“It’s never too early to start saving” with Carly De Diego & Jason Hartman

It’s never too early to start saving money. My Dad used to say, life doesn’t get less complicated or less expensive — encourage young children to start saving birthday and holiday money. Talk to kids and young adults about how much things cost and why it’s important to save. Ihad the pleasure of interviewing Carly […]

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It’s never too early to start saving money. My Dad used to say, life doesn’t get less complicated or less expensive — encourage young children to start saving birthday and holiday money. Talk to kids and young adults about how much things cost and why it’s important to save.

Ihad the pleasure of interviewing Carly De Diego. Carly works with financial advisory firms to drive growth and execute at scale. As the first employee hired at AdvisorEngine, she possesses in-depth knowledge of all our products and services. Carly brings over 15 years of experience in the financial services industry leading training, product development and client success teams. Prior to joining AdvisorEngine, Carly worked as a business analyst at TD Ameritrade and was part of the Managed Account Advisors team at Bank of America Merrill Lynch where she garnered years of valuable experience working with custodians, managed accounts, clearing, and middle and back office functions. Carly holds a degree in Business Administration from Truman State University in Kirksville, Missouri.

Thank you for joining us! Can you tell us the “backstory” about what brought you to the banking/finance field?

Iwas raised in a small Nebraska town by entrepreneurial parents. From the ages of 7 and 8 my sister and I worked at our dad’s small-town grocery store. We helped with everything; unloading delivery trucks, facing shelves, peeling onions, wrapping raw meat, breaking down boxes, restocking candy (my favorite) and most importantly, counting back change to customers. My dad wholeheartedly believed in teaching us the value of a dollar…and how to go about earning one — while modeling a strong work ethic along the way.

My parents have always served as role models for fiscal responsibility and exceptional money management. They were able to support our family, retire early and now are enjoying life, debt-free. This commitment to financial freedom and investing wisely was actually what motivated me to consider opportunities in the field of finance. It is also something that I aspire to pass along to my children; the ability to have a healthy relationship with money.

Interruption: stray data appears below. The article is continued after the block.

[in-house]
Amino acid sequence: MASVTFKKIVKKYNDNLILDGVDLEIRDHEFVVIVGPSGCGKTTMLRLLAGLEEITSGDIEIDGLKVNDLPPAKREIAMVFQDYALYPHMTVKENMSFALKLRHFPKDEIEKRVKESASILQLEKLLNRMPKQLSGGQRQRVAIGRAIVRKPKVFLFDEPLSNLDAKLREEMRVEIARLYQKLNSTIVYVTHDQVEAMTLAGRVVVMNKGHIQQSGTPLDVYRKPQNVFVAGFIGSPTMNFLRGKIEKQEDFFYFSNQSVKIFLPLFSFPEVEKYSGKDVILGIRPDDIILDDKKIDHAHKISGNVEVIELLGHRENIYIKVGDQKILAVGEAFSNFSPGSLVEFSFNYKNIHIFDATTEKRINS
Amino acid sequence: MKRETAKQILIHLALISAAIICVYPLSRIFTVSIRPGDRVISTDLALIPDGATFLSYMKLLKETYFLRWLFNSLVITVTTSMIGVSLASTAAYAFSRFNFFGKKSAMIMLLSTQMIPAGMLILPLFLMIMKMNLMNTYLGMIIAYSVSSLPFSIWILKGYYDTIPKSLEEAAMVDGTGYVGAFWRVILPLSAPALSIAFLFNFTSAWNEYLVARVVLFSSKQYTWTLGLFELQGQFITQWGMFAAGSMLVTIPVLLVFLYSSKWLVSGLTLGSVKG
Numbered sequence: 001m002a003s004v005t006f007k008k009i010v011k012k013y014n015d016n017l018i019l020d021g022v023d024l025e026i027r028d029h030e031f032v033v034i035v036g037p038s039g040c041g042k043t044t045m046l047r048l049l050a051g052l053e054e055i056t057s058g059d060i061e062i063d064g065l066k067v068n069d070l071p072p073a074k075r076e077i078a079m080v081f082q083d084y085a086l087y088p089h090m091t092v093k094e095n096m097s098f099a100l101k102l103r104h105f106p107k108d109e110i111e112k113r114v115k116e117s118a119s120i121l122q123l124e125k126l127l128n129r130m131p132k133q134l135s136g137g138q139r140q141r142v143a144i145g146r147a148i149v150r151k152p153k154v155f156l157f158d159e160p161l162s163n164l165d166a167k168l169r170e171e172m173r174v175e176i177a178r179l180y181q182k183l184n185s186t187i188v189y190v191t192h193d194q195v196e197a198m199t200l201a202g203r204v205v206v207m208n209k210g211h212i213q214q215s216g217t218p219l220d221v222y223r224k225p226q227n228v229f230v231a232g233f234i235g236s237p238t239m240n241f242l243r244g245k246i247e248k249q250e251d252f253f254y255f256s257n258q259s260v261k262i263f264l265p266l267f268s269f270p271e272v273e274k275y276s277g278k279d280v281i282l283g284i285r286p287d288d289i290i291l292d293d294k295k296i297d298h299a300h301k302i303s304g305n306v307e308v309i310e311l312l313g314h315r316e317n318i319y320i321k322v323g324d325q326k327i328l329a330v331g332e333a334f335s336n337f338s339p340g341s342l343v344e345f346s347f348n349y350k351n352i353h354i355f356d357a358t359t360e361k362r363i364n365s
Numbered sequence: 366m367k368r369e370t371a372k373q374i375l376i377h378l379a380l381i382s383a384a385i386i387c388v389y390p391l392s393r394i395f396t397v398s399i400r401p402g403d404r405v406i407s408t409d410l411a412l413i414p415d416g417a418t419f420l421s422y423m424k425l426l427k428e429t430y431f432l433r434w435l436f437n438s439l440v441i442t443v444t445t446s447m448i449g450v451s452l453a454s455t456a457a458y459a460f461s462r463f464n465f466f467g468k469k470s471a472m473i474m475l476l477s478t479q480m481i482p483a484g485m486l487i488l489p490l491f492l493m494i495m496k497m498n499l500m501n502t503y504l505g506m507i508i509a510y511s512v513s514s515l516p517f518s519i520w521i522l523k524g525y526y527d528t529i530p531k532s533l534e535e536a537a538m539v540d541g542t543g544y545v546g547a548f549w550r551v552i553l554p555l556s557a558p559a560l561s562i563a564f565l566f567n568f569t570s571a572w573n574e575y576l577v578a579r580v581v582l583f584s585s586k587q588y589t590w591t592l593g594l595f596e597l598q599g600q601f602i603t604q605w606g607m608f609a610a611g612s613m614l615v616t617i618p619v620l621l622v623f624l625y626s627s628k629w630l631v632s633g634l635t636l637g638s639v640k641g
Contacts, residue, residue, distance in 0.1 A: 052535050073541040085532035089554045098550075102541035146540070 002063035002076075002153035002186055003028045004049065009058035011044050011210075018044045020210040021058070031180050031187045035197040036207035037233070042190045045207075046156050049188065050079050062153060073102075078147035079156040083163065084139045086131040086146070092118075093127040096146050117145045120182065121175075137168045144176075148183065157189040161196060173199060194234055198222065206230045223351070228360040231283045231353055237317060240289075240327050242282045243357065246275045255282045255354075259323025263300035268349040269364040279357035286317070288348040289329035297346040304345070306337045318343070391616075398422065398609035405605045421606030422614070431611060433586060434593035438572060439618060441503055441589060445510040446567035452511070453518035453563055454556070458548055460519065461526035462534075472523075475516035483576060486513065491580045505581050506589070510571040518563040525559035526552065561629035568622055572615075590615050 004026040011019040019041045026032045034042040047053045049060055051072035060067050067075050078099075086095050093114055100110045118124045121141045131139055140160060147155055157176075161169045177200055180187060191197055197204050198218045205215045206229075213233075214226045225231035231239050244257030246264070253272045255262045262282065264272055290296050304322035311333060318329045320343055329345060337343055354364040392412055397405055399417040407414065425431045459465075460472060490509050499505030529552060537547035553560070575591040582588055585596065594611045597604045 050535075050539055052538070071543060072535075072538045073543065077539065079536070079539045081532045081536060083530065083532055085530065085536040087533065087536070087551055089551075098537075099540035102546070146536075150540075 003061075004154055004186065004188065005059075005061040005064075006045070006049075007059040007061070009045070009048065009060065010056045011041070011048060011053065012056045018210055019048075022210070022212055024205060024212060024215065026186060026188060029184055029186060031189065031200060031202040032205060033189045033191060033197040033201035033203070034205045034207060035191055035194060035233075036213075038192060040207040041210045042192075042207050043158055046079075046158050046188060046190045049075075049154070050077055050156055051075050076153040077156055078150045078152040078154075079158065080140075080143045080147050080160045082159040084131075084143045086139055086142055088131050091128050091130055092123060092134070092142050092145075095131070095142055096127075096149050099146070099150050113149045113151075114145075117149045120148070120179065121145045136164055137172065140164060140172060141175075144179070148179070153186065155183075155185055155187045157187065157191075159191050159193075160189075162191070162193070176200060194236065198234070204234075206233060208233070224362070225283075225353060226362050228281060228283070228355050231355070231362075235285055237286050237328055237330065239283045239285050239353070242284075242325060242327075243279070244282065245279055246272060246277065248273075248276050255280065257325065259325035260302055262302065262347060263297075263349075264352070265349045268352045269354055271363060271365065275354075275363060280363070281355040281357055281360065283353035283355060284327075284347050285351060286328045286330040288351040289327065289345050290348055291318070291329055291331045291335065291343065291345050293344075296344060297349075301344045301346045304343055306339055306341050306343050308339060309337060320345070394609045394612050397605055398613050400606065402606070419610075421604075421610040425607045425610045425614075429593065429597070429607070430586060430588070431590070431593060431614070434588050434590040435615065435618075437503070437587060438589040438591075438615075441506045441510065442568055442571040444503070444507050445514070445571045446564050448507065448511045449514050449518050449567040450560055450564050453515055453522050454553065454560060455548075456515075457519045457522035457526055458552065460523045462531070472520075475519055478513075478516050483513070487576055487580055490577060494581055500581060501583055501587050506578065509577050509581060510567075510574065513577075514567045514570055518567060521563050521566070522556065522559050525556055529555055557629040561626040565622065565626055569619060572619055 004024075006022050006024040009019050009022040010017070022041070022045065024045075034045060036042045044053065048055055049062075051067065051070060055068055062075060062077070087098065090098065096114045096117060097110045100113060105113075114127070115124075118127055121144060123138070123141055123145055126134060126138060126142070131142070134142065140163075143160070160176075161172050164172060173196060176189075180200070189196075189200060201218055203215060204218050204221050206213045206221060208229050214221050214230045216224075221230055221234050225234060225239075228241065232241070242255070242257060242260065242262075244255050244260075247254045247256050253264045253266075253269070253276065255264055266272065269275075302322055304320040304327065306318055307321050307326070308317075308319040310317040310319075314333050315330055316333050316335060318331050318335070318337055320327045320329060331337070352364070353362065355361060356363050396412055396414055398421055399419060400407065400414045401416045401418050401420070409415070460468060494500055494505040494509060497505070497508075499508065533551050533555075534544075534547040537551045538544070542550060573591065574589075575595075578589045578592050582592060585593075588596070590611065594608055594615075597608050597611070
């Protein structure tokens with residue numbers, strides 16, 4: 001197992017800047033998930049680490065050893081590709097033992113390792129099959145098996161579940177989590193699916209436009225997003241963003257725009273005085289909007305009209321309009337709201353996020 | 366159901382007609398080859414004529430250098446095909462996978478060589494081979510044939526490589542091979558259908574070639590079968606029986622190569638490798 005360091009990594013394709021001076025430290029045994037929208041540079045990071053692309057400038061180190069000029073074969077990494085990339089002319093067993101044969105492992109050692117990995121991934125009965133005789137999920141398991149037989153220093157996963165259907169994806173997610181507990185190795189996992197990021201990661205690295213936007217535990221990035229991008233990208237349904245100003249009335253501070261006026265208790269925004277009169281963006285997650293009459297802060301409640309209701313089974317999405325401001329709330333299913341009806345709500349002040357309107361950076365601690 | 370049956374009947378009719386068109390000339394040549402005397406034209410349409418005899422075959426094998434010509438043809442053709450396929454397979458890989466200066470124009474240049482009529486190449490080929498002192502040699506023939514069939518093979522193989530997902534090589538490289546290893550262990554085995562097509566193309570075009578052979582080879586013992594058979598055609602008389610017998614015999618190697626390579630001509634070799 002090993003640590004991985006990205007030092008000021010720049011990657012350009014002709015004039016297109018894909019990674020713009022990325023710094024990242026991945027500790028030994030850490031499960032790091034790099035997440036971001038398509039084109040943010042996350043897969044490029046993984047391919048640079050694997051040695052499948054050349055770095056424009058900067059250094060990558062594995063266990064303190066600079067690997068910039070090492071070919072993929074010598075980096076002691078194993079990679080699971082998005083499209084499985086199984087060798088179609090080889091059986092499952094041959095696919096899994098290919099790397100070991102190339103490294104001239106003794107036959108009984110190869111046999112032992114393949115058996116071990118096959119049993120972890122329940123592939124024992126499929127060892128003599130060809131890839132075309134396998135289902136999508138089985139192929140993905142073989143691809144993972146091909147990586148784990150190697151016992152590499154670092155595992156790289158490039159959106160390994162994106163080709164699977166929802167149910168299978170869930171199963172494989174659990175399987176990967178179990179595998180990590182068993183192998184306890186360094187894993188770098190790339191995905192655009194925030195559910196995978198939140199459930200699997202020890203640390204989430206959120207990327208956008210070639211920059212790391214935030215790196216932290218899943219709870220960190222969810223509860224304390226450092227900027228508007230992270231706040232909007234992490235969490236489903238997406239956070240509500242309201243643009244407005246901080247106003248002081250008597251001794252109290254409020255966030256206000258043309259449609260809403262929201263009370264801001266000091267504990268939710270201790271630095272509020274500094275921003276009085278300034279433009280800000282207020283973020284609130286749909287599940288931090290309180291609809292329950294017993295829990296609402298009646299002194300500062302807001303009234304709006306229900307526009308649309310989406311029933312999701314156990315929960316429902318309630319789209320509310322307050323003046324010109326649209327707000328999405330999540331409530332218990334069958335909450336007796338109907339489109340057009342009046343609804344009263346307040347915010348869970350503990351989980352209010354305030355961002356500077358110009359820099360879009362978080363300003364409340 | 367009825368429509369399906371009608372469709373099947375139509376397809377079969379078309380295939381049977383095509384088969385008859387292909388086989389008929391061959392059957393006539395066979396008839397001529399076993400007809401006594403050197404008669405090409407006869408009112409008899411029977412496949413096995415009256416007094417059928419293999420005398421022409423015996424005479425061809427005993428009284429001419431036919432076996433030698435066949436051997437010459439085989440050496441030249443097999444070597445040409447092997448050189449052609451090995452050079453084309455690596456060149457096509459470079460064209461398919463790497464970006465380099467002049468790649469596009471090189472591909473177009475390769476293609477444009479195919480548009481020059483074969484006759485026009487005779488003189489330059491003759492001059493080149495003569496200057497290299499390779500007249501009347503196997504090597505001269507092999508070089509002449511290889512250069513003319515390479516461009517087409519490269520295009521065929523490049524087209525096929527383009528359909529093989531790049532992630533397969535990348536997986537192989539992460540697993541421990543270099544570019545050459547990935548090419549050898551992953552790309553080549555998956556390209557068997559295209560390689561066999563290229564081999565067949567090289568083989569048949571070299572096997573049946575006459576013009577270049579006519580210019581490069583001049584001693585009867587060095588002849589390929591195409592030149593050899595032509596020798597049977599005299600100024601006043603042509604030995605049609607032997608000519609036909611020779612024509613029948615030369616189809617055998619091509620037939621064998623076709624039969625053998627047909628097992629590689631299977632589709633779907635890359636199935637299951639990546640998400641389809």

Can you share with our readers the most interesting or amusing story that occurred to you in your career so far?

Startups get glamorized in the media, but they’re hard work. If you’re someone who can remain calm in the midst of change and chaos, you will thrive. If you’re not, you should avoid joining a growth company at all costs.

Working at a startup has been the most interesting adventure of my career. As the first employee of AdvisorEngine, I have experienced the true nature of the startup culture. I have also made my fair share of mistakes. Take the time I single-handedly took the site down over the holidays and was told to “fix it,” which I did by promptly interrupting our development manager’s Christmas dinner. Talk about a call you wish you never had to make!

The beauty of working in this environment is that you learn how to take chances, make mistakes and develop the ability to fix them. It has been a privilege to share my wins, and losses, with the team in an effort to shape the identity, culture, mission and especially the products of our company.

Are you working on any exciting new projects now? How do you think that will help people?

Historically, only wealthy families have worked with a financial advisor. And there is a clear reason for this: managing money has been a manual, labor-intensive process. But I think we’re on the cusp of a new age of wealth management — one where millions more people have access to quality financial advice. I’m proud to work at a company that will enable this change.

At AdvisorEngine, our mission is to create a future of financial advice that is personal, scientific and beautiful. We’re doing that by building super modern technology and putting it in the hands of existing financial advisors. It allows them to serve MANY more people, FAR more effectively.

Some of our competitors have garnered a lot of attention talking about disintermediating the financial advisor using robo-advisor technology. We see it differently. When money is involved, human relationships and judgment are still really valuable. So we think we’re delivering the best of both worlds, combining technology plus people.

Instead of disrupting financial advisors, we’re simply modernizing how they do business; automating their operational tasks in order to save time, infusing data into their day-to-day to make them smarter, and creating digital engagement so that clients “feel” their value 24/7 — instead of only once per year at an annual checkup meeting.

One specific project I’m pumped about is ‘smart notifications.’ We’re providing dashboard-style alerts throughout the day, which allow financial advisors to be proactive in serving clients instead of reactive. It might sound simple, but it’s actually fairly radical for this industry.

What do you think makes your company stand out? Can you share a story?

The people. I recently attended AdvisorEngine’s annual user conference, >drive 2019, and was excited to see the number of deep personal connections being made throughout the event. This is the third year I have attended and each year it’s refreshing to see attendees hugging their client service representatives, introducing themselves with a big smile. Hearing statements like, “It’s me! Kathy G!” and seeing the light go off and hugs being exchanged.

Our people are extraordinary. There’s nothing more powerful than our employees’ passion and initiative to make clients happy. I strive to ensure every one of our clients are happy and serve as a bridge between great customer experience and business growth.

AdvisorEngine also stands out in the way in which we are building features and functions that suit our clients’ needs. Always exchanging product ideas with product managers to help ensure we are a design-led organization, transforming the user experience (UX) and user interface (UI).